Baba Wague Diakite, |
The Hatseller & the Monkeys
BaMusa is a hatseller and very happy in his livelihood. He has made wide-brimmed dibiri hats woven from rice stalks and intricately embroidered fugulan caps ever since he was a child, taught by his parents and grandparents. One day, he is on the way to a neighboring village with a stack of his hats on his head, intending to sell them at the festival to take place there. But he neglects to eat breakfast, and on the way, he becomes tired and falls asleep under a mango tree.
Unfortunately, his snoring attracts some monkeys, who creep around BaMusa, take all of his hats except the one covering his face, and perch in the mango tree. When he awakes, he sees what has happened to his hats and tries every way he can think of to retrieve them. He yells at the monkeys, and they yell back. He throws a branch at them, and they throw leaves. Then he throws a stone, and they retaliate with mangoes. BaMusa takes the opportunity to eat some of the mangoes, and once his stomach is full, he thinks of a solution. He takes off his remaining hat, waves it at the monkeys and throws it to the ground. As he expects, the monkeys follow suit, and he is able to gather his hats and proceed to the festival, coming to the conclusion that it is best to think on a full stomach.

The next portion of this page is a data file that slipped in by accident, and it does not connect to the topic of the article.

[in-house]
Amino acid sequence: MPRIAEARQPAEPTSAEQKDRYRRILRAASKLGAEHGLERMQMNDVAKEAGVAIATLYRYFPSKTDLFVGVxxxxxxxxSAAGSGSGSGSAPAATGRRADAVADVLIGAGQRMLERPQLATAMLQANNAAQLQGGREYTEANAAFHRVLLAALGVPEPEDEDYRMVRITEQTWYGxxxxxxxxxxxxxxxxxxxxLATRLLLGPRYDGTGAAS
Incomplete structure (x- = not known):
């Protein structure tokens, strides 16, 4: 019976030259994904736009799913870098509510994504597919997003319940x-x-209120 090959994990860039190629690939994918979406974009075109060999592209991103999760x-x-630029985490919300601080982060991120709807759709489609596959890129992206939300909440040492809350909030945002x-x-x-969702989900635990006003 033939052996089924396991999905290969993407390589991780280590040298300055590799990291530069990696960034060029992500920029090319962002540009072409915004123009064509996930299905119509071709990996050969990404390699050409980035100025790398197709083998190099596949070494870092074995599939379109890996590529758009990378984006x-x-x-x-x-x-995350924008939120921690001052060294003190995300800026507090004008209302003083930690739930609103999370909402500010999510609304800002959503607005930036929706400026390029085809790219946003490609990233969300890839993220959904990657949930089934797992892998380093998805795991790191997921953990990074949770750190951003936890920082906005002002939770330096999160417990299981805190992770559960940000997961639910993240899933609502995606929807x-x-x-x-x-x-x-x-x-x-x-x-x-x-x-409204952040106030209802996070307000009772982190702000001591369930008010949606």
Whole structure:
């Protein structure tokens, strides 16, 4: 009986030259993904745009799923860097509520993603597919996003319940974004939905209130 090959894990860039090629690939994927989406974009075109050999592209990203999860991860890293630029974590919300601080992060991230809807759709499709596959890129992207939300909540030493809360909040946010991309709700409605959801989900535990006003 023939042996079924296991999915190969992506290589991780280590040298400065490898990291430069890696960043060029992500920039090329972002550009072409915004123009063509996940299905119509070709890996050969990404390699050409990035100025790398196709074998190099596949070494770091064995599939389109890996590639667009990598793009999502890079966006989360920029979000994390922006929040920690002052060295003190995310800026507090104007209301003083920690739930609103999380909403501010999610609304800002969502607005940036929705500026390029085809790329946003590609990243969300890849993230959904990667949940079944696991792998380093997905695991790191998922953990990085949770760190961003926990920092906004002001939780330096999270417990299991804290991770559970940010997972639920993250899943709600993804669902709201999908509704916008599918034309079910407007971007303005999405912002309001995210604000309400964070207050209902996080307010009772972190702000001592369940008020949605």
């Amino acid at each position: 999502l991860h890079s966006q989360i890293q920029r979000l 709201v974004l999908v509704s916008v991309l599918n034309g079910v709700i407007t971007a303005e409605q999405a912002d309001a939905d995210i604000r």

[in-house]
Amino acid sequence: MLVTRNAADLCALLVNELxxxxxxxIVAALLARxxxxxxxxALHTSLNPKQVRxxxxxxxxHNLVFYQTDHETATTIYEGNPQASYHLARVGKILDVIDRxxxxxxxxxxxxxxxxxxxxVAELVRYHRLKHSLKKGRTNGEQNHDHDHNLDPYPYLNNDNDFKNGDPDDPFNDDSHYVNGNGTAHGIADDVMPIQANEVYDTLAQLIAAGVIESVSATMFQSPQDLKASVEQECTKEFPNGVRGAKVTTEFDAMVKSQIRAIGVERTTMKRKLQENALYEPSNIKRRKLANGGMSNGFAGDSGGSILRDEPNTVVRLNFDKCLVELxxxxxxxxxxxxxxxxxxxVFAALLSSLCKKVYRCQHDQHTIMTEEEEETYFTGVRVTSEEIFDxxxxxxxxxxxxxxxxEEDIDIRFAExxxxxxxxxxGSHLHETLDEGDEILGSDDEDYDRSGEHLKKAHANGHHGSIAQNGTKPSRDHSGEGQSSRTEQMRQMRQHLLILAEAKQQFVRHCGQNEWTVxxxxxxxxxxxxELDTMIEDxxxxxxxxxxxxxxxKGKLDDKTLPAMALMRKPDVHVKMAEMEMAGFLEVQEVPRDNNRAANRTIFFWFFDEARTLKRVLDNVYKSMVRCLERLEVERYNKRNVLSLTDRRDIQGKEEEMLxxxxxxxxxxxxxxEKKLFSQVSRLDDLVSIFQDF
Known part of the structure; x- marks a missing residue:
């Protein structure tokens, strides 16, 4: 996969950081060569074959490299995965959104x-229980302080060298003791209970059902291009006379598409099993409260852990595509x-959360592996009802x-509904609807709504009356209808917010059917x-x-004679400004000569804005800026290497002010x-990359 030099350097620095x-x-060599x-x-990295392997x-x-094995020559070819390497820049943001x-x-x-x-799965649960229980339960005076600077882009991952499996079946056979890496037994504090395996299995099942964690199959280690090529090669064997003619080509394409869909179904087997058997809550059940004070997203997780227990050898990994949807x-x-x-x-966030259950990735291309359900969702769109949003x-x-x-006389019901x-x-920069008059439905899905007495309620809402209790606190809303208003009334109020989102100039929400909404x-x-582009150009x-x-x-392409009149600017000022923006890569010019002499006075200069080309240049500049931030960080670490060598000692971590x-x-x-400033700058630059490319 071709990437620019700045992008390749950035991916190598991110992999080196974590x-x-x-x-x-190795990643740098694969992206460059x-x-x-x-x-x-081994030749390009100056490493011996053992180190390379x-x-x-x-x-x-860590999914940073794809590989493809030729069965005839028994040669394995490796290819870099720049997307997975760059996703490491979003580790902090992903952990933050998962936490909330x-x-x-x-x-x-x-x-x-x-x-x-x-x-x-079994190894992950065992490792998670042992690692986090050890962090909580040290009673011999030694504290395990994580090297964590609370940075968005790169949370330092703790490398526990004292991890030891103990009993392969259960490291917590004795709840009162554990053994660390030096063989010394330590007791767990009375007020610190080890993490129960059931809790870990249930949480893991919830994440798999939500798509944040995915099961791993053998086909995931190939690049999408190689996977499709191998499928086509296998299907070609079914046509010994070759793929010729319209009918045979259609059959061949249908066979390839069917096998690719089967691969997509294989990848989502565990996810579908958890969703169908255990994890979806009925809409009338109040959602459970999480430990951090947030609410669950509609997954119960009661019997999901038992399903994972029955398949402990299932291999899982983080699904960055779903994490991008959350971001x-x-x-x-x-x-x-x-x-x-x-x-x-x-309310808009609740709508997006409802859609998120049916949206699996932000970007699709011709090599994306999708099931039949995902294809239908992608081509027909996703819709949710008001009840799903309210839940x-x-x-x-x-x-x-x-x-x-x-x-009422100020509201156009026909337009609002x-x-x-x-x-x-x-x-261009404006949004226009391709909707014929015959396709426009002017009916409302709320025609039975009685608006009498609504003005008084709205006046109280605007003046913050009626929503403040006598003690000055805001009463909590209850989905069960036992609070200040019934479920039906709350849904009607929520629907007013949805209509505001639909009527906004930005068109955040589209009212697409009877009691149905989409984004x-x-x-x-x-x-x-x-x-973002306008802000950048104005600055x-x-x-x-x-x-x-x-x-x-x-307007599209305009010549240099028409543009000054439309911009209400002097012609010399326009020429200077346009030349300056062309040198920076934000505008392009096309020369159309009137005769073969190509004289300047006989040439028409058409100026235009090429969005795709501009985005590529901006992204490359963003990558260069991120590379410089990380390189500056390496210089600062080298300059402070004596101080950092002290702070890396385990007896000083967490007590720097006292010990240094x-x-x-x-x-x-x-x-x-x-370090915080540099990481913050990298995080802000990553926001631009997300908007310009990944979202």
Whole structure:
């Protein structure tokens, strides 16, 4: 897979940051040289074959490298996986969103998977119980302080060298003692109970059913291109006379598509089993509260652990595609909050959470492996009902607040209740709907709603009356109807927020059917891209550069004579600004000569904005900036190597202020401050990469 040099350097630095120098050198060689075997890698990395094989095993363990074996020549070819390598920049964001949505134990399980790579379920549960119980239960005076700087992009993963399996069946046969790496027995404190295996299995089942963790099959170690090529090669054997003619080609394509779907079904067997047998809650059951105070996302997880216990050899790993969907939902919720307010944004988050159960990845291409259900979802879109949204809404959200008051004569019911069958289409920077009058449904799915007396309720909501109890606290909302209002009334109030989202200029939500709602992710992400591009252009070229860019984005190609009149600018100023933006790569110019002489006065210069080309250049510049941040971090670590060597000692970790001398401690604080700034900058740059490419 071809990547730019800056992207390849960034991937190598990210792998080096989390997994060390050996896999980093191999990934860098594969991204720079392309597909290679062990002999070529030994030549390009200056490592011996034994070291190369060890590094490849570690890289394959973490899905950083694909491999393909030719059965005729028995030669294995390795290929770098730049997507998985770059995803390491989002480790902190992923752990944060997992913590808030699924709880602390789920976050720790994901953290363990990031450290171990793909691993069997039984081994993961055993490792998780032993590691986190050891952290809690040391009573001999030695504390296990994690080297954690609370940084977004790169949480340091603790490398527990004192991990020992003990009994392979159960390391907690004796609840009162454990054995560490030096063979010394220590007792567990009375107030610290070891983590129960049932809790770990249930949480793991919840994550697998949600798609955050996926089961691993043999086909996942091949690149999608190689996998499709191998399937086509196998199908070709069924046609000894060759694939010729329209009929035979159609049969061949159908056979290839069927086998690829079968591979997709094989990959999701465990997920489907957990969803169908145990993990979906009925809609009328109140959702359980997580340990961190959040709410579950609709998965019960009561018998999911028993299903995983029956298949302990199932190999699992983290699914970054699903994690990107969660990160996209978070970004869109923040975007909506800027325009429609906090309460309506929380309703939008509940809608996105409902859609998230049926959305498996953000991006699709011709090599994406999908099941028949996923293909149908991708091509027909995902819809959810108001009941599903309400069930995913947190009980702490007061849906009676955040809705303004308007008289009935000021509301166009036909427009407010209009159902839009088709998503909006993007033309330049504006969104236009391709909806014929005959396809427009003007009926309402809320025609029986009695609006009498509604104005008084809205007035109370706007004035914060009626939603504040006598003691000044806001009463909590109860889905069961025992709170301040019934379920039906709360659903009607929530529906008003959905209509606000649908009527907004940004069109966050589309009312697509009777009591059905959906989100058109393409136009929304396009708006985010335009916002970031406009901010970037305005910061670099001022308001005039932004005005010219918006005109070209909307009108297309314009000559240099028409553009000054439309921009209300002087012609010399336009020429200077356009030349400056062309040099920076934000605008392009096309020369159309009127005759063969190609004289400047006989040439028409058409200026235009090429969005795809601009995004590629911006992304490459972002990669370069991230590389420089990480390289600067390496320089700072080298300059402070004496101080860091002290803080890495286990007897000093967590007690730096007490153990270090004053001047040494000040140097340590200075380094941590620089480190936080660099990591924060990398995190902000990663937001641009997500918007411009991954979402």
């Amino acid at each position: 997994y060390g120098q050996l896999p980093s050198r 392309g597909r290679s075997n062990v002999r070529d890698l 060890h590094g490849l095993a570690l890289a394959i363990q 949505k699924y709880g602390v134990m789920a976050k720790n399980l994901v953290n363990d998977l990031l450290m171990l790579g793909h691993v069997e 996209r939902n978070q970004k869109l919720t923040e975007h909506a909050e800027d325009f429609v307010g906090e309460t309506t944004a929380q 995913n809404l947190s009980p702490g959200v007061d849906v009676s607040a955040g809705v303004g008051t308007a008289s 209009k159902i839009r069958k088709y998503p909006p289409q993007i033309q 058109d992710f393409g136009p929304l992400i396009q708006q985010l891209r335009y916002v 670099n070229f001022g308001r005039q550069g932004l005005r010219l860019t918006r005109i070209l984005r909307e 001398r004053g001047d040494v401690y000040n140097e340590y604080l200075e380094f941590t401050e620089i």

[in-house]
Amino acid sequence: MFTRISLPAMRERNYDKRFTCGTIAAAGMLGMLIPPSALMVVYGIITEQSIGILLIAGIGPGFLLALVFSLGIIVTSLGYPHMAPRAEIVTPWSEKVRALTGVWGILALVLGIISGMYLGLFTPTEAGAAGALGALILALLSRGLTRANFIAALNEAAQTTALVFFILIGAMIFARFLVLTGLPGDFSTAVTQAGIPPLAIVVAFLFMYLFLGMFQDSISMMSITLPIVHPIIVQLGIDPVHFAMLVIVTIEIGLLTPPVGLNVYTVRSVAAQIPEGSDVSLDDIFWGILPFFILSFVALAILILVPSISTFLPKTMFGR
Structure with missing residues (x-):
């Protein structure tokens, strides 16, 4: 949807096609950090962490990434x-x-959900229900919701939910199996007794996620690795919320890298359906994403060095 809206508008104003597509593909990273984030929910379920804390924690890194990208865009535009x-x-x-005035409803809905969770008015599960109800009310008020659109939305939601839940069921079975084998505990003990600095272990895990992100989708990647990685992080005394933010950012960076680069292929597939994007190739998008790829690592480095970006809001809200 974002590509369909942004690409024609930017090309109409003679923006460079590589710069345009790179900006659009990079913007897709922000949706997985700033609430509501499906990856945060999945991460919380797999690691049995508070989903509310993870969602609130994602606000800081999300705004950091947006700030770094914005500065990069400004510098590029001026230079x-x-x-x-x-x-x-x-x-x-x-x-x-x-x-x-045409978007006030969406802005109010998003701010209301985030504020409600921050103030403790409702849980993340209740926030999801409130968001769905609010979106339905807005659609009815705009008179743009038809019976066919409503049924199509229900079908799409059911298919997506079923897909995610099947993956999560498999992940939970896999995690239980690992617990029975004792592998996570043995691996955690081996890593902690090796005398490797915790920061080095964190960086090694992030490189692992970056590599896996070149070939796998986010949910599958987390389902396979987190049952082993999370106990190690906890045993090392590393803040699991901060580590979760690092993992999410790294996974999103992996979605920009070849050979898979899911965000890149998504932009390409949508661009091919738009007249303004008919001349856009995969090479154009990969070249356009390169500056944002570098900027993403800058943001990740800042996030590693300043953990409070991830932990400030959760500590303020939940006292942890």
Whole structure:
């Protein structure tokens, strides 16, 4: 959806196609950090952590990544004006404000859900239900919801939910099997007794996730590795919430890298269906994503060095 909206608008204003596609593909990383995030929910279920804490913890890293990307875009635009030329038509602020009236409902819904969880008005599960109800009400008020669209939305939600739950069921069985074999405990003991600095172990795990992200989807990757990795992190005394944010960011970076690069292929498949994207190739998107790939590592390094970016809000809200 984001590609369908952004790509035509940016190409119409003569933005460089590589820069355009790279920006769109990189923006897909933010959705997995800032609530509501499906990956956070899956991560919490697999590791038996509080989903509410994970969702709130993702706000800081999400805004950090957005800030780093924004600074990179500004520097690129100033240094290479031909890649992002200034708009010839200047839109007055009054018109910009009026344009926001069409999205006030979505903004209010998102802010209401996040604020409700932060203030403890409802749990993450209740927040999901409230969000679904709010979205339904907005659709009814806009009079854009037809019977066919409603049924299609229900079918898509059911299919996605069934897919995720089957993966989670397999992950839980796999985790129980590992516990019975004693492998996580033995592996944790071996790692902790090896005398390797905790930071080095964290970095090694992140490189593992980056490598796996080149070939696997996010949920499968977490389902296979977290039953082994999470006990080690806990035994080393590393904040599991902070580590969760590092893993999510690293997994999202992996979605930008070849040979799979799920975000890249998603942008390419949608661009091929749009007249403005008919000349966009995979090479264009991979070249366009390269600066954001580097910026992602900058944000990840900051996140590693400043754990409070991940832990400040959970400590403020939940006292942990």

Many readers will recognize the elements of the story from Caps For Sale by Esphyr Slobodkina, but according to the detailed author's note, there are many variants of this tale from countries all over the world. Baba Wague Diakite's version is set in Mali in West Africa, where he grew up.
Diakite's text reads smoothly and makes a great read-aloud, incorporating words in his native language and some onomatopoeic words -- most of which can be figured out. A note at the back assists with some of the more difficult pronunciation. Finally, Diakite's illustrations, painted on ceramic tiles in soft colors, capture the fanciful tone of the story, including the border of mischievous monkeys circling the pages. This title is perfect for one-on-one reading or presenting to any kind of class or gathering of children of any age.
[ by Donna Scanlon ]